Have you noticed that there are areas of denser colour or higher gloss where wet and dry layers overlap during painting?
This is caused by not maintaining a ‘wet edge’ while painting.
To maintain a wet edge, apply your paint towards the unpainted area and then back into the just-painted surface. Brushing from "wet to dry," rather than the other way around will help produce a smooth, uniform appearance. It’s also wise to minimise the area being painted and plan for interruptions at a natural break, such as a window, door or corner. Using a top quality water-based paint makes it easier to avoid lapping problems because higher solids (pigments and binder) content makes lapped areas less noticeable. If substrate is very porous, it may need a primer/sealer to prevent paint from drying too quickly, reducing wet edge time and therefore making lapped areas noticeable. Solvent-based paints generally have superior wet edge properties, and therefore less lapping.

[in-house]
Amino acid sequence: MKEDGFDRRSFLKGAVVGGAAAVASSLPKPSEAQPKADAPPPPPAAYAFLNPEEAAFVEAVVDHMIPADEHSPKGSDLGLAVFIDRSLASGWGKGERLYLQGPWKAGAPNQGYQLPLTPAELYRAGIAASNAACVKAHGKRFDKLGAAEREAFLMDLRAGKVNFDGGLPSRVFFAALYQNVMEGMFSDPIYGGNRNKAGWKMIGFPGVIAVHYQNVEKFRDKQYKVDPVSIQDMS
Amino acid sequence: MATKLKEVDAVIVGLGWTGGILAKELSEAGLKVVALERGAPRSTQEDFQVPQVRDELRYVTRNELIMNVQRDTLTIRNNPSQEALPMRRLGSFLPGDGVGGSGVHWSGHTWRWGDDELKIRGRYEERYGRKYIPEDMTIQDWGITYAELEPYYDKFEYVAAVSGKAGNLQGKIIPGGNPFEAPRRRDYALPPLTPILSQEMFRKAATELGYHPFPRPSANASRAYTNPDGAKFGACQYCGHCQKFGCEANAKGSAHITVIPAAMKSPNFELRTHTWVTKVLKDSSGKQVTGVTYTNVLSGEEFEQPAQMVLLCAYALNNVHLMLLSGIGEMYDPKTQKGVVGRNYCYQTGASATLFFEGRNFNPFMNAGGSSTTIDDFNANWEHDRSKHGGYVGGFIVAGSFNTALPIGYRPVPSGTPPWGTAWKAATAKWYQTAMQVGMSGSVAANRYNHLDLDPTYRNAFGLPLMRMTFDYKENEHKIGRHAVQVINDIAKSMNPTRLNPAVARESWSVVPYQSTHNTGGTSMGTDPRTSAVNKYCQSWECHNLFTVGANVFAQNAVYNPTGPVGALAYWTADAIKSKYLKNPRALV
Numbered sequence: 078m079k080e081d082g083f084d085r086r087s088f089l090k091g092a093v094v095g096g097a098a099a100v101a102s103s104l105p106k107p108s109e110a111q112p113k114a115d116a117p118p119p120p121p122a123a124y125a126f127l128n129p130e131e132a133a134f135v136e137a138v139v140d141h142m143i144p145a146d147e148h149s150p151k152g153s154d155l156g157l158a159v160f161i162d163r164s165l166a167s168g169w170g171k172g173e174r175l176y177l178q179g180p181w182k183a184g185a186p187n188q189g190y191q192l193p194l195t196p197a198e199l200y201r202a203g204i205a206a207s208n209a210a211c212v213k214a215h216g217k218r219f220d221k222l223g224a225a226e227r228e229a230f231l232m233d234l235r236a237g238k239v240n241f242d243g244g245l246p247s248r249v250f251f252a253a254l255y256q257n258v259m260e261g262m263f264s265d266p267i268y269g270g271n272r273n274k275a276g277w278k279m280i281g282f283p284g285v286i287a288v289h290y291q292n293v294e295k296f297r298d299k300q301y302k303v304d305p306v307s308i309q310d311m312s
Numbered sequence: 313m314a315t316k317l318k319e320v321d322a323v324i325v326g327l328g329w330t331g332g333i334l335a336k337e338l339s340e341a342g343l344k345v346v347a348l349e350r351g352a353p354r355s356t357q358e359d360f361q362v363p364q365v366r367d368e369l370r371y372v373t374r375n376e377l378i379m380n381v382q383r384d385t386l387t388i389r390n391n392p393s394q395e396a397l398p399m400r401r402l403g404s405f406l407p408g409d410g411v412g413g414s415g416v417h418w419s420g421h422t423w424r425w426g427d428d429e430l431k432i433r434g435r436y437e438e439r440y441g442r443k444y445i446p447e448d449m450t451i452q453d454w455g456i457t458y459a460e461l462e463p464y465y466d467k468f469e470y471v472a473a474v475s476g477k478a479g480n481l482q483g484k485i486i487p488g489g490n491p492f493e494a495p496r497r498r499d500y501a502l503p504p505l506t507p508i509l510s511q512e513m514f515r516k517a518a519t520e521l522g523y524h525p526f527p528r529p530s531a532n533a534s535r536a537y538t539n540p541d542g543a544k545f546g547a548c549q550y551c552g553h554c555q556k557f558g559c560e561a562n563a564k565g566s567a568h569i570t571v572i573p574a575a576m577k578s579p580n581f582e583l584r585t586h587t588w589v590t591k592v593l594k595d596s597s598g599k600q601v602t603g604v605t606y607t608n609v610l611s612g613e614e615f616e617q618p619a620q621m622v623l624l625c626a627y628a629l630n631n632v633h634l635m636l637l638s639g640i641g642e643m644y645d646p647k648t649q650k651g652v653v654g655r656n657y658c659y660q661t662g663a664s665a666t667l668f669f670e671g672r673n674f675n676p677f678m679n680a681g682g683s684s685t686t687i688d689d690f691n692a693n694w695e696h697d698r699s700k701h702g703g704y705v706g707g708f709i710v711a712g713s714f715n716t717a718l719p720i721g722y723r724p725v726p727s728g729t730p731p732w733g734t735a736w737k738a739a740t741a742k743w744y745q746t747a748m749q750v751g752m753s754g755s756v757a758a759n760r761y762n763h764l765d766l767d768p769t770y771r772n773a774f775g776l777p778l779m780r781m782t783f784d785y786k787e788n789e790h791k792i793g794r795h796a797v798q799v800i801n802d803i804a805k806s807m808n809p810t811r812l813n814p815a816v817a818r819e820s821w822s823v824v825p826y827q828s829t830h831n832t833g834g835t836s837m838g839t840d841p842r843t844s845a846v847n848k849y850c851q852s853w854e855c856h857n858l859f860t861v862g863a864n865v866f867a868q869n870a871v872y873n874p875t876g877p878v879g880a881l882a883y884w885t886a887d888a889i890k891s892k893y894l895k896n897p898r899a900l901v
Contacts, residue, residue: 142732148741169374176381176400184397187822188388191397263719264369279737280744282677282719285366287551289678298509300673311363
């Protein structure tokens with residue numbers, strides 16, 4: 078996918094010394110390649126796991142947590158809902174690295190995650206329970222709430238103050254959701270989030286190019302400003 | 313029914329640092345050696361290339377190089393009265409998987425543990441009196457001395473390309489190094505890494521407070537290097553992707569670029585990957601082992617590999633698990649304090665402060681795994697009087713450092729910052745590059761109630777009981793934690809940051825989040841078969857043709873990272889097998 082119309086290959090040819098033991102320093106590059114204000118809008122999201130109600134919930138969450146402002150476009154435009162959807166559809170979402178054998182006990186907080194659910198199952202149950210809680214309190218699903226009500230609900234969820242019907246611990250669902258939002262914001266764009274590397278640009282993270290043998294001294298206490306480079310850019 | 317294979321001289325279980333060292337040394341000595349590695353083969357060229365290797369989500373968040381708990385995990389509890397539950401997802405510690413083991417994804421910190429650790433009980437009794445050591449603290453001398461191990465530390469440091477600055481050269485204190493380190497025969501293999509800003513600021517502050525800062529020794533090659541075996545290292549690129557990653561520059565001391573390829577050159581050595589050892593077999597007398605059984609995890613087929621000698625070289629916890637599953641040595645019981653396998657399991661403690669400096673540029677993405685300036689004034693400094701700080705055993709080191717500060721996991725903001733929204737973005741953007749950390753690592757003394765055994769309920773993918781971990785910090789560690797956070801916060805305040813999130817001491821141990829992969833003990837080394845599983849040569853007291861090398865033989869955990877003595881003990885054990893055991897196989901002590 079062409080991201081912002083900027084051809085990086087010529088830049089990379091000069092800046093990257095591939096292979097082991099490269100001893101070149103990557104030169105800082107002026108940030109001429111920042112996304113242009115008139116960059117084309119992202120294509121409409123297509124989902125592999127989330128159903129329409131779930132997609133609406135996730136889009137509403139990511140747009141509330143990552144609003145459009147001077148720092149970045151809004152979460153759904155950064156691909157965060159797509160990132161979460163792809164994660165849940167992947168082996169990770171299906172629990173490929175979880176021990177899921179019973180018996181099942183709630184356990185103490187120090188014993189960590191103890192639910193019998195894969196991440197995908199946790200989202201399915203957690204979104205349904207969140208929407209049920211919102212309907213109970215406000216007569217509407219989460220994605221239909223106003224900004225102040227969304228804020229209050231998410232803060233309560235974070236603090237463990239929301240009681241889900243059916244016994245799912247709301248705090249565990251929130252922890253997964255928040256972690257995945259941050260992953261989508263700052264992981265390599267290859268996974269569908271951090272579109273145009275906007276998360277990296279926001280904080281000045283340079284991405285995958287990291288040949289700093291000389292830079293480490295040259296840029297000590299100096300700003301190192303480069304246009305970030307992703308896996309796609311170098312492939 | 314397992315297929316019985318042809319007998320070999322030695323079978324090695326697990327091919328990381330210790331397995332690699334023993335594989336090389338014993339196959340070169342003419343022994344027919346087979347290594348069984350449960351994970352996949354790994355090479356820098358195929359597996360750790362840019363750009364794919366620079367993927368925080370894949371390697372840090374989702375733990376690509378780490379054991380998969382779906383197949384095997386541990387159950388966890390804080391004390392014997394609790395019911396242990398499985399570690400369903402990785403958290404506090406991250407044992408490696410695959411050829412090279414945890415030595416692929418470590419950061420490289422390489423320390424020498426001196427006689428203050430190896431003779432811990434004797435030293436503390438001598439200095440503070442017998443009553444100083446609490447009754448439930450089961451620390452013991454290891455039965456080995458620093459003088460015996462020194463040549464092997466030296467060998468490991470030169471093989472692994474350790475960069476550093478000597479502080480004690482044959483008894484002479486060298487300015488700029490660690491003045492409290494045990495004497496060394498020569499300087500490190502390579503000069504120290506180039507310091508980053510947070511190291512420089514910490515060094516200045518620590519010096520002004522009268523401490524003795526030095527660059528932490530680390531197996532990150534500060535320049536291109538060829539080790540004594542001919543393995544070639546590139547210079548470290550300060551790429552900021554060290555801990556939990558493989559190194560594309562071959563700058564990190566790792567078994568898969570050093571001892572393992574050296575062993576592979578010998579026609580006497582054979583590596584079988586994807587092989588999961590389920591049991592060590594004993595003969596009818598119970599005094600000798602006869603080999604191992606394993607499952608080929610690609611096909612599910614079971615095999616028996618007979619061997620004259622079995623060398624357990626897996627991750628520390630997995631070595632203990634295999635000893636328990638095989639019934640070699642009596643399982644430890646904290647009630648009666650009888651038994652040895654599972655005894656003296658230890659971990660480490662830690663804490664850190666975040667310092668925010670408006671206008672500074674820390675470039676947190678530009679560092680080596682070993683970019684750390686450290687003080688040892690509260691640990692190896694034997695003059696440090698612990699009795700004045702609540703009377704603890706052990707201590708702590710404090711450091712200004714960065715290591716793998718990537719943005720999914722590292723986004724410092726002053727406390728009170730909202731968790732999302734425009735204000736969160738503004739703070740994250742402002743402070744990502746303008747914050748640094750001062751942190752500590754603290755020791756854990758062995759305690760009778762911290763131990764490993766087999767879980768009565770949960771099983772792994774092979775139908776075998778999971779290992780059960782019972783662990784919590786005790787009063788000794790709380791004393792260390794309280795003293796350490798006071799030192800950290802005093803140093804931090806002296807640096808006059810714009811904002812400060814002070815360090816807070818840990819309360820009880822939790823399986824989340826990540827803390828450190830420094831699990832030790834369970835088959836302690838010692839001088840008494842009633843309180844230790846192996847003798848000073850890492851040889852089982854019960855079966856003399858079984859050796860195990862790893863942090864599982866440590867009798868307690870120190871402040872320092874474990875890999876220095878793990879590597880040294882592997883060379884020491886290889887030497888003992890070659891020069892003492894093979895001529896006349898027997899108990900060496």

More problem solving advice
Have you noticed small droplets appearing on your fresh coat of acrylic paint? This is known as 'surfactant leaching'. Don't panic - it's a normal part of the curing process. For each problem you’ll find a guide to identifying it, its causes and solutions.
Yellowing is the development of a yellow cast in aging solvent-based enamels. It’s most noticeable in the dried films of white paints or clear varnishes. For each problem you’ll find a guide to identifying it, its causes and solutions.